A lava lake at Hawaii's Kilauea volcano has risen and now appears to be spilling out of the Overlook crater.
The lava is overflowing onto the floor of the Halema'uma'u Crater. Thermal images from a webcam show how the lava is spilling out, with the red and yellow parts showing the hottest areas, volcanologist Rebecca Williams told IBTimes UK.
The darker blue areas are cold and the magenta parts show where the laver is overflowing – it is cooler because it is thinner and flowing over the colder rock below, she added.
The lava lake rose to its highest level several days ago and has been dangerously close to overflowing for a while. The molten pool first appeared in 2010 and normally is about 100ft below the rim of the Overlook crater. The USGS has yet to confirm it is overflowing.
However, earlier in April, it rose to just a few feet below the edge and authorities closed of the area to tourists. Yesterday, the US Geological Survey (USGS) released footage showing an explosion at the lava lake, where part of the crater wall collapsed.
"This happens because lava is full of gas. That gas can bubble out at the surface gently, or sometimes, builds up and spurts out, causing the splatter that we've been seeing at the lava lake," Williams said.
"The rockfall triggered a sudden, violent release of gas, causing the explosion. This sprayed liquid lava around the Halema'uma'u Crater rim [think of how if you cause a coke bottle to fizz over, it brings up coke liquid as well as the gas contained in the coke].
"This is a particularly interesting event because the volcanoes in Hawaii are often thought to be gentle, and indeed, are big tourist attractions where people can get quite close up to the activity. But they are capable of explosions, as seen today, and you certainly wouldn't want to get hit by a chunk of molten lava which is why the area around the crater is currently closed to visitors."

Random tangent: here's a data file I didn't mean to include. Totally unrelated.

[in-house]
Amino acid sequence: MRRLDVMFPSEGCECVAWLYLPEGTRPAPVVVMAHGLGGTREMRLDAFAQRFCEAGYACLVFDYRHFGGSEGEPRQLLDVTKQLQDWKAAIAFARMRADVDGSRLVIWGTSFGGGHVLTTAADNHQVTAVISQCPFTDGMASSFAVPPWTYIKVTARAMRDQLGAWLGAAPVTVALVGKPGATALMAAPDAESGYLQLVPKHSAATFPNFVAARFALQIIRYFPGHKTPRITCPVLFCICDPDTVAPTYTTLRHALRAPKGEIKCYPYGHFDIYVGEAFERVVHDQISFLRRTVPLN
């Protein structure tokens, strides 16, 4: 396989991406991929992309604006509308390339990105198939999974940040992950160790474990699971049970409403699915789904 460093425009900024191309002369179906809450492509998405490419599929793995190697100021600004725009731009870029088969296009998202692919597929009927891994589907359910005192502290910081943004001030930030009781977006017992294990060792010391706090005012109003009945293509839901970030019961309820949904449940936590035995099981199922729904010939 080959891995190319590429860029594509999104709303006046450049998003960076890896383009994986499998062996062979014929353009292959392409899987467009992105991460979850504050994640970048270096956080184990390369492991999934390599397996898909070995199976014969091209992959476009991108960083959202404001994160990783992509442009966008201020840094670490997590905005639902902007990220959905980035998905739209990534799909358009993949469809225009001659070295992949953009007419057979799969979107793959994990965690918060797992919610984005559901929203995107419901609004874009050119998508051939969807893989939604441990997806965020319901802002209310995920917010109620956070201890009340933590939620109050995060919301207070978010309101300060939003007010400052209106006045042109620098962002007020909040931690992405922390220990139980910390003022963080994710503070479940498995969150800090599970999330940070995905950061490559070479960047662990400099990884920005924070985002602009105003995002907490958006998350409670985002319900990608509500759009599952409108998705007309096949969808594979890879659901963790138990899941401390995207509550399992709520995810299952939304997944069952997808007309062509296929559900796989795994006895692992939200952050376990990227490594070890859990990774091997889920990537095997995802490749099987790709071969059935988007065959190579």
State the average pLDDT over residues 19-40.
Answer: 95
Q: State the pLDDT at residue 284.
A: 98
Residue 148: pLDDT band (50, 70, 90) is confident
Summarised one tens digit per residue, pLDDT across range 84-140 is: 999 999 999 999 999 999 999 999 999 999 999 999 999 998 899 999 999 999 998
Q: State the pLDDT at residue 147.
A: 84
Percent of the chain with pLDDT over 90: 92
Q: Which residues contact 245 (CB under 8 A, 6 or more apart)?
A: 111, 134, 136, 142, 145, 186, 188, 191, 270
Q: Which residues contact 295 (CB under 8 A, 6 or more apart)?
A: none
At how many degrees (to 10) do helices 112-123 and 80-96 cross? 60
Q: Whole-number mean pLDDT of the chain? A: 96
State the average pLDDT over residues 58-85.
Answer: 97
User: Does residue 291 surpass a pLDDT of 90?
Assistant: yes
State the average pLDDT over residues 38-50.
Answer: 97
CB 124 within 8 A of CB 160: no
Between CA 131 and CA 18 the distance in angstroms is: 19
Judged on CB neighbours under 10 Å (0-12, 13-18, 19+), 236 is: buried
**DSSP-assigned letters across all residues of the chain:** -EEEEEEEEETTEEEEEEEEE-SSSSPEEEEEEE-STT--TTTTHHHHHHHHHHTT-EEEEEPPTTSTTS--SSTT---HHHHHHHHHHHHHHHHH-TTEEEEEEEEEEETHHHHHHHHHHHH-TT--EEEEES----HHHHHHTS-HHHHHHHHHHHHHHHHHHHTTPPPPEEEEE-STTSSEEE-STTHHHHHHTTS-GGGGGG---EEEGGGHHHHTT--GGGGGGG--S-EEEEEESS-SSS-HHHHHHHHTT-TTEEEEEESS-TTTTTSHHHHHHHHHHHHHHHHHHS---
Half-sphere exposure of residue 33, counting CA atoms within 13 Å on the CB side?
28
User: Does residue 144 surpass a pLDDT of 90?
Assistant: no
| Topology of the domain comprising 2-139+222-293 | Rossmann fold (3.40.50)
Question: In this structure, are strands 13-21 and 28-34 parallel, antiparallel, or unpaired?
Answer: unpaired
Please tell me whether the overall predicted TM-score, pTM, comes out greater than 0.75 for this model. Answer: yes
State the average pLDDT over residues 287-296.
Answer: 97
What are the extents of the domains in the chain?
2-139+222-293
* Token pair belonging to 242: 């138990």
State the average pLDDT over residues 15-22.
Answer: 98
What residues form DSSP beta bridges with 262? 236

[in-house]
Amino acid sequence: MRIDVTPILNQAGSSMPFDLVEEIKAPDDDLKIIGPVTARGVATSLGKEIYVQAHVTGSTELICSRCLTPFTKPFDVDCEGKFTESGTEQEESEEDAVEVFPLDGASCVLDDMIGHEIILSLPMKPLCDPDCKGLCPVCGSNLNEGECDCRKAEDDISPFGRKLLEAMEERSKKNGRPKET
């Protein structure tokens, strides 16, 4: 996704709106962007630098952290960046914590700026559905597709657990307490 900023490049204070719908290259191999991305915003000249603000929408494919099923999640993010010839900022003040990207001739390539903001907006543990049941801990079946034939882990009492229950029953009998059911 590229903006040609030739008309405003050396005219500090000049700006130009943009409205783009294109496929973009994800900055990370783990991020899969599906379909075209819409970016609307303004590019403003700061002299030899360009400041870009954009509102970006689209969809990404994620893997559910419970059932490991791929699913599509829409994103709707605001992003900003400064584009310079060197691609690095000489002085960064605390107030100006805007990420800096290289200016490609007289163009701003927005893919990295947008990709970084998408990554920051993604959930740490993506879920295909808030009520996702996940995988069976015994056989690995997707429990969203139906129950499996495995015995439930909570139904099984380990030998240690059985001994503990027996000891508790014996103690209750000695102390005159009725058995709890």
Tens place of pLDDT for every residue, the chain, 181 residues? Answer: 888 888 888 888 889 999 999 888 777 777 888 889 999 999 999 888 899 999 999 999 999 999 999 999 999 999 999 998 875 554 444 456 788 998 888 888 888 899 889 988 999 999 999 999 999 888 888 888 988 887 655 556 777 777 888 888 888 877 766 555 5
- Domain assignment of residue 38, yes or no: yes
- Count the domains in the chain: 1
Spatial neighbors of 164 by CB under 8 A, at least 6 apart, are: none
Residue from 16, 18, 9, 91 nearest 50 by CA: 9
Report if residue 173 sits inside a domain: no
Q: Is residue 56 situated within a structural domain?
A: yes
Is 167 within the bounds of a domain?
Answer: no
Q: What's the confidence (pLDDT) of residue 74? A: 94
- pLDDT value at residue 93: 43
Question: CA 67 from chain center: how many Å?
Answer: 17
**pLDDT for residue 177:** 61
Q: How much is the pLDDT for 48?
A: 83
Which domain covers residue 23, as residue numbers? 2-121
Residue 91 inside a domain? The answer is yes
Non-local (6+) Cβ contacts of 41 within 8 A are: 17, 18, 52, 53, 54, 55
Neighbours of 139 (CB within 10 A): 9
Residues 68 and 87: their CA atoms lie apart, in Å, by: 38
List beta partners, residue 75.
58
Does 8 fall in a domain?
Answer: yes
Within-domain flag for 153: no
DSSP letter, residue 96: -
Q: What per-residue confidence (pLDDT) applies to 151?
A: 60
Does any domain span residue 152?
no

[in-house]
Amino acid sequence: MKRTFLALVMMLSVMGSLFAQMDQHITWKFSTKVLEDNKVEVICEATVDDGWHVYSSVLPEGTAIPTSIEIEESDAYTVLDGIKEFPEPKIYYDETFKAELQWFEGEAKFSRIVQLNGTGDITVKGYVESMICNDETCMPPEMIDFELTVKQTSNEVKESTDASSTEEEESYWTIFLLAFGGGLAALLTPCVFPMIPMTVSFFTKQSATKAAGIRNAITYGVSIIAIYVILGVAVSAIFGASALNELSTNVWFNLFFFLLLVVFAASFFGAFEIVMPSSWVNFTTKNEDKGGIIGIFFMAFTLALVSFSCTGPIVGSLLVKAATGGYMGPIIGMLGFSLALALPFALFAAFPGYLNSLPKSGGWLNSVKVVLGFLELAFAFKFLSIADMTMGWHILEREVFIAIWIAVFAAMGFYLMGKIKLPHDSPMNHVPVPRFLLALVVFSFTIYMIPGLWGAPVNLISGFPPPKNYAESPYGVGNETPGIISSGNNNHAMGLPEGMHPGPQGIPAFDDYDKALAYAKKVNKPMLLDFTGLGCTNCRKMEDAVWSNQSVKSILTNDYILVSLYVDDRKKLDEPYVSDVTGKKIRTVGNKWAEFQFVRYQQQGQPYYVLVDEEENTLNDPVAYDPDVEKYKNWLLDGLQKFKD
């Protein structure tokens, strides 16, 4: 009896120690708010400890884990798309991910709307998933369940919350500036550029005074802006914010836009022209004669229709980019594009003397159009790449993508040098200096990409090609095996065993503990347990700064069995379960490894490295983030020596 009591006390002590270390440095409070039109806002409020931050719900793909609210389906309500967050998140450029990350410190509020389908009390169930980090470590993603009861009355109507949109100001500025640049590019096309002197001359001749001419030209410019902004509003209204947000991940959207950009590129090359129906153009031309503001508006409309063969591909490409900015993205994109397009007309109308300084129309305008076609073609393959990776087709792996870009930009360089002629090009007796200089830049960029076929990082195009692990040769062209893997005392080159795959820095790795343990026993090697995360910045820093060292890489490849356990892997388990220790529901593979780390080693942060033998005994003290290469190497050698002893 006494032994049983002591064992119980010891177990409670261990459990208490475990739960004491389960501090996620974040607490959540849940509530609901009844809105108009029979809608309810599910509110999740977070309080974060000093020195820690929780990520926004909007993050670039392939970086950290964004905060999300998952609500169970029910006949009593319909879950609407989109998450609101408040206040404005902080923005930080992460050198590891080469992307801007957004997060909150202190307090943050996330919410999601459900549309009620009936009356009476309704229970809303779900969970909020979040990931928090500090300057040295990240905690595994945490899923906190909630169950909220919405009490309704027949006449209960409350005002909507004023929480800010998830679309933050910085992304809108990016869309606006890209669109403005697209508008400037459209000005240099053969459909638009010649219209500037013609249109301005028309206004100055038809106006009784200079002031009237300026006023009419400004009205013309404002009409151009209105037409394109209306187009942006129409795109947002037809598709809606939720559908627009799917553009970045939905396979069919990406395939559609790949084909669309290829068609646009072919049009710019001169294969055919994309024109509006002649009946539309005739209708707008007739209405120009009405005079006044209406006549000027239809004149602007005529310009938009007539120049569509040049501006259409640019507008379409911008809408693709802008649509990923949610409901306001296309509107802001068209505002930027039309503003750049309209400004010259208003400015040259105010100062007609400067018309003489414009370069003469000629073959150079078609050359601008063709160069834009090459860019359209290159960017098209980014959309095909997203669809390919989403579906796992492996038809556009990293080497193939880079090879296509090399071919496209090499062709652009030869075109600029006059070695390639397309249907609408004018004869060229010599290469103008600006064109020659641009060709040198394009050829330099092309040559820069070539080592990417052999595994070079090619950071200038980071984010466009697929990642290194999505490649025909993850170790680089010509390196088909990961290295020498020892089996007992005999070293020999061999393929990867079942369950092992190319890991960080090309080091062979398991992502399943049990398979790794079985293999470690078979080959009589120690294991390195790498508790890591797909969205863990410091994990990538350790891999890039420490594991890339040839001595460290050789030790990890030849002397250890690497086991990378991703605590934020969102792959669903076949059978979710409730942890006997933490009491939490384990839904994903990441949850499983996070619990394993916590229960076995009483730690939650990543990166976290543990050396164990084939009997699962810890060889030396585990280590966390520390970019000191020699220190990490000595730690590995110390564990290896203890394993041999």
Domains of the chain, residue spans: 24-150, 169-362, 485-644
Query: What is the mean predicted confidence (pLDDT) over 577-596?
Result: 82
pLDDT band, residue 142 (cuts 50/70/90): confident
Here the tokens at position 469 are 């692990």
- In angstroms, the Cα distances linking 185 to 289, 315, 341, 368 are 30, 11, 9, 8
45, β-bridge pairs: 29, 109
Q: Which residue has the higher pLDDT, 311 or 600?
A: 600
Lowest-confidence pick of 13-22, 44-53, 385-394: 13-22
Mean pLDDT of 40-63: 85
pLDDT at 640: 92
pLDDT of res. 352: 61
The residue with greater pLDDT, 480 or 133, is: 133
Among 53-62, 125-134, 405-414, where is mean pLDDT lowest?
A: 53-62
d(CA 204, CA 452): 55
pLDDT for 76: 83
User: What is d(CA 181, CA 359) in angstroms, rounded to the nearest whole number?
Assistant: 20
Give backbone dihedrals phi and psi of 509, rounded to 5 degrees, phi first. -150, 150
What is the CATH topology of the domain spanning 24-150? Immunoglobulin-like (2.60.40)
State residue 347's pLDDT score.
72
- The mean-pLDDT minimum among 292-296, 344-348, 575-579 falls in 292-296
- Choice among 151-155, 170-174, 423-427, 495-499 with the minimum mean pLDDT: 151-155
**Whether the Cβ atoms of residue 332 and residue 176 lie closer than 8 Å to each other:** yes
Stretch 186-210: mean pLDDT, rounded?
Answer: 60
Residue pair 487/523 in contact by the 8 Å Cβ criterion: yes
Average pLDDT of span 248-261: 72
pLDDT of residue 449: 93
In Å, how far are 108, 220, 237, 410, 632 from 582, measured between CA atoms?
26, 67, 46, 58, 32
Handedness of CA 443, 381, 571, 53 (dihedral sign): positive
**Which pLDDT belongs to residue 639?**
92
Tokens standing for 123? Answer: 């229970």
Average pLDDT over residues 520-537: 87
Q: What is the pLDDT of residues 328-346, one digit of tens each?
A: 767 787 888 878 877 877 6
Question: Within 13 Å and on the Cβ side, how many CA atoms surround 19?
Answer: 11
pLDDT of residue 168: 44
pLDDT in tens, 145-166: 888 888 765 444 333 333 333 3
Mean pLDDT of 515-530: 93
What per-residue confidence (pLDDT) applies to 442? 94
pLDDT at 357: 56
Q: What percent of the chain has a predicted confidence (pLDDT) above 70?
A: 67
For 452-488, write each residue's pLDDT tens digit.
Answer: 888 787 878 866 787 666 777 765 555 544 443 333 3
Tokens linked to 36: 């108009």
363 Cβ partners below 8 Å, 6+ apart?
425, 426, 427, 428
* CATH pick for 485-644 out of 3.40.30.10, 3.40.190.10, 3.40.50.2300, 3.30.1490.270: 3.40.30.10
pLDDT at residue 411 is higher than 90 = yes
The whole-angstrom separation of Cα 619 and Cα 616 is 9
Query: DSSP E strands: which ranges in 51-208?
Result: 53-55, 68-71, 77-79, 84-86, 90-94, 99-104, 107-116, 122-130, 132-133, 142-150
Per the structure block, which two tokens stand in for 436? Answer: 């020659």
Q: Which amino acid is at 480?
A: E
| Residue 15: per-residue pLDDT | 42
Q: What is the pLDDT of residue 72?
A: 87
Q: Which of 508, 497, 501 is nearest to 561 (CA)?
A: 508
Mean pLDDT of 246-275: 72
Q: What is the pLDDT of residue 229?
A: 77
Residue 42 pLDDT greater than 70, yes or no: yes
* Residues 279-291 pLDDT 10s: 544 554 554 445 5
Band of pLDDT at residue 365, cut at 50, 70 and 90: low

A report on the status of the lava lake from 28 April said the lava lake had dropped from about 7ft a day earlier to about 10ft. However, a statement said: "The lava lake reached briefly to the rim this morning, during a period when all spattering stopped, but did not get quite high enough to overflow on to the Halemaʻumaʻu Crater floor."
An eruption at Kilauea's summit has been ongoing since 2008 and after a small "throat clearing" explosion, the Overlook crater opened up. Lava was sometimes seen but was mostly masked by thick volcanic fume. However in February 2010, the lava rose and established a large lake that has been there ever since.
Explaining why the lava lake has risen, Williams said it is to with cycles of the magma chamber. She said: "Currently, it's the highest it's been during this eruption. There has been a lava lake at Kilauea's summit before.
"From 1823 to 1924 the Halema'uma'u Crater had a lava lake in it which even overflowed spreading lava across the floor of the Kilauea caldera. This current lava lake is in a crater inside Halema'uma'u, so is quite a bit smaller than that."